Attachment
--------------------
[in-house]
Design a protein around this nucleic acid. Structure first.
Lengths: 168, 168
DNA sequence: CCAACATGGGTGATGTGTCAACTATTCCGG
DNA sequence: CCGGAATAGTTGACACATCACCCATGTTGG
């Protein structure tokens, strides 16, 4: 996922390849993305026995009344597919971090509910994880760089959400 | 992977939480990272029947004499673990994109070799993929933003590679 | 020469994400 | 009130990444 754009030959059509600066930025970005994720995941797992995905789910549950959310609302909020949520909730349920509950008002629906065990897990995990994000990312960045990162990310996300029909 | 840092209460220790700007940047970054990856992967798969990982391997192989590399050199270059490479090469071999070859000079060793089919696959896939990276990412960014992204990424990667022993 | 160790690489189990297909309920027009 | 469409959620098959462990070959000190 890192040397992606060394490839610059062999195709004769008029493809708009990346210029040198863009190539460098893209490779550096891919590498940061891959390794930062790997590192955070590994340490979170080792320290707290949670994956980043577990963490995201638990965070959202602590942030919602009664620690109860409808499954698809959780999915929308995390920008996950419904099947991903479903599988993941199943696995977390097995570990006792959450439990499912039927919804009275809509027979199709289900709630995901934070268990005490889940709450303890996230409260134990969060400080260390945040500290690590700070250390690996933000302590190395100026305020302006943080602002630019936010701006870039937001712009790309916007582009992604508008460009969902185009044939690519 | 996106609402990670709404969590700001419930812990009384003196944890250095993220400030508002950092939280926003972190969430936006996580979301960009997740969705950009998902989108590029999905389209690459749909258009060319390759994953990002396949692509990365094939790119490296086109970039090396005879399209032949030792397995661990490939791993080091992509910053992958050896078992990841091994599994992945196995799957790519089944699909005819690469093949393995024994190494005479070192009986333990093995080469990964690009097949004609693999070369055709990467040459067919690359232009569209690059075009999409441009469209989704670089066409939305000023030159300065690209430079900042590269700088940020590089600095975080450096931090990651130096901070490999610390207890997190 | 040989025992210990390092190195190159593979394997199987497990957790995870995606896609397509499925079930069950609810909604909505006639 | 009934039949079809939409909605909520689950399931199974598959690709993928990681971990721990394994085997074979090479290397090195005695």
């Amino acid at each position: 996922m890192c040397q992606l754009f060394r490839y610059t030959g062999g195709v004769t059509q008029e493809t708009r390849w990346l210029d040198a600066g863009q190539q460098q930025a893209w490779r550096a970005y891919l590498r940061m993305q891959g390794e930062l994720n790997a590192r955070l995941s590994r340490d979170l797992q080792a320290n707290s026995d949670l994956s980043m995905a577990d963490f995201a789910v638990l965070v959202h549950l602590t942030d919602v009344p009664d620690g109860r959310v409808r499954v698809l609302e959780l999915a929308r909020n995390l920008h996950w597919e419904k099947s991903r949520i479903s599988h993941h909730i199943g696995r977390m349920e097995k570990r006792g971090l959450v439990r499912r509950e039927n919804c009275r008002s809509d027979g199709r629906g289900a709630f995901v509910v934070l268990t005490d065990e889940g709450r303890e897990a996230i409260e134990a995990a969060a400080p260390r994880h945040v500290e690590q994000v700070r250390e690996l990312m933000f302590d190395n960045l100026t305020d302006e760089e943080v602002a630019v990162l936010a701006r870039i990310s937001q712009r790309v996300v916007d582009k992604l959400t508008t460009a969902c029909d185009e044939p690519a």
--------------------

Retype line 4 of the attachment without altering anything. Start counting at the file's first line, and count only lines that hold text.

DNA sequence: CCAACATGGGTGATGTGTCAACTATTCCGG